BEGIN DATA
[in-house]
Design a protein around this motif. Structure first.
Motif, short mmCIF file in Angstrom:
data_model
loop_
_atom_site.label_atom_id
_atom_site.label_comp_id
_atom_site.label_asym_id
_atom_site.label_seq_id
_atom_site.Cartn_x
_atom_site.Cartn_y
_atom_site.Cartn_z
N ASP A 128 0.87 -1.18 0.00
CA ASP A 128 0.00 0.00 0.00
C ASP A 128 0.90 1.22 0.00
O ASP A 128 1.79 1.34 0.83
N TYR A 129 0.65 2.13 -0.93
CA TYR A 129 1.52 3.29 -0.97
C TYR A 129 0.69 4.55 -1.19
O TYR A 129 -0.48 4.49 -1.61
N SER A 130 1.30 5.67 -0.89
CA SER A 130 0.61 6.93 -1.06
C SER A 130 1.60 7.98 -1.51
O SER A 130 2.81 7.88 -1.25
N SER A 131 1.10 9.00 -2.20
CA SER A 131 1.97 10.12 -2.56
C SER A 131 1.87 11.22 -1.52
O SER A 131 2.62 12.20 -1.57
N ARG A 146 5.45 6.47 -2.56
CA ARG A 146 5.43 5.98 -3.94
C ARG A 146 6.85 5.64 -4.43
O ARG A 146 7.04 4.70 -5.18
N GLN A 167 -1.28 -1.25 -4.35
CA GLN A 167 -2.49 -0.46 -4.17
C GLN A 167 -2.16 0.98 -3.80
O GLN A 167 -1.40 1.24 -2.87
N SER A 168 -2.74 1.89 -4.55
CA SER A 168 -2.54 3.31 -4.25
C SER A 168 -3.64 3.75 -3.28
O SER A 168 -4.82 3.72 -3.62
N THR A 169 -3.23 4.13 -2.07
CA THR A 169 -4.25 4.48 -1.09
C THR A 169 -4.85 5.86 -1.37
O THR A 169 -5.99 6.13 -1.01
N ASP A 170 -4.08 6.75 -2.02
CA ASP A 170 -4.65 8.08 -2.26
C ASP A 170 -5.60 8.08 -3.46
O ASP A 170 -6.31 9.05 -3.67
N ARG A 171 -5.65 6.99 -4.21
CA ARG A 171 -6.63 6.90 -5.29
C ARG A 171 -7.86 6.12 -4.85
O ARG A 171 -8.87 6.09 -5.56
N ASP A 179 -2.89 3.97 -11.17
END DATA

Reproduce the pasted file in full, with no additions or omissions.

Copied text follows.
[in-house]
Design a protein around this motif. Structure first.
Motif, short mmCIF file in Angstrom:
data_model
loop_
_atom_site.label_atom_id
_atom_site.label_comp_id
_atom_site.label_asym_id
_atom_site.label_seq_id
_atom_site.Cartn_x
_atom_site.Cartn_y
_atom_site.Cartn_z
N ASP A 128 0.87 -1.18 0.00
CA ASP A 128 0.00 0.00 0.00
C ASP A 128 0.90 1.22 0.00
O ASP A 128 1.79 1.34 0.83
N TYR A 129 0.65 2.13 -0.93
CA TYR A 129 1.52 3.29 -0.97
C TYR A 129 0.69 4.55 -1.19
O TYR A 129 -0.48 4.49 -1.61
N SER A 130 1.30 5.67 -0.89
CA SER A 130 0.61 6.93 -1.06
C SER A 130 1.60 7.98 -1.51
O SER A 130 2.81 7.88 -1.25
N SER A 131 1.10 9.00 -2.20
CA SER A 131 1.97 10.12 -2.56
C SER A 131 1.87 11.22 -1.52
O SER A 131 2.62 12.20 -1.57
N ARG A 146 5.45 6.47 -2.56
CA ARG A 146 5.43 5.98 -3.94
C ARG A 146 6.85 5.64 -4.43
O ARG A 146 7.04 4.70 -5.18
N GLN A 167 -1.28 -1.25 -4.35
CA GLN A 167 -2.49 -0.46 -4.17
C GLN A 167 -2.16 0.98 -3.80
O GLN A 167 -1.40 1.24 -2.87
N SER A 168 -2.74 1.89 -4.55
CA SER A 168 -2.54 3.31 -4.25
C SER A 168 -3.64 3.75 -3.28
O SER A 168 -4.82 3.72 -3.62
N THR A 169 -3.23 4.13 -2.07
CA THR A 169 -4.25 4.48 -1.09
C THR A 169 -4.85 5.86 -1.37
O THR A 169 -5.99 6.13 -1.01
N ASP A 170 -4.08 6.75 -2.02
CA ASP A 170 -4.65 8.08 -2.26
C ASP A 170 -5.60 8.08 -3.46
O ASP A 170 -6.31 9.05 -3.67
N ARG A 171 -5.65 6.99 -4.21
CA ARG A 171 -6.63 6.90 -5.29
C ARG A 171 -7.86 6.12 -4.85
O ARG A 171 -8.87 6.09 -5.56
N ASP A 179 -2.89 3.97 -11.17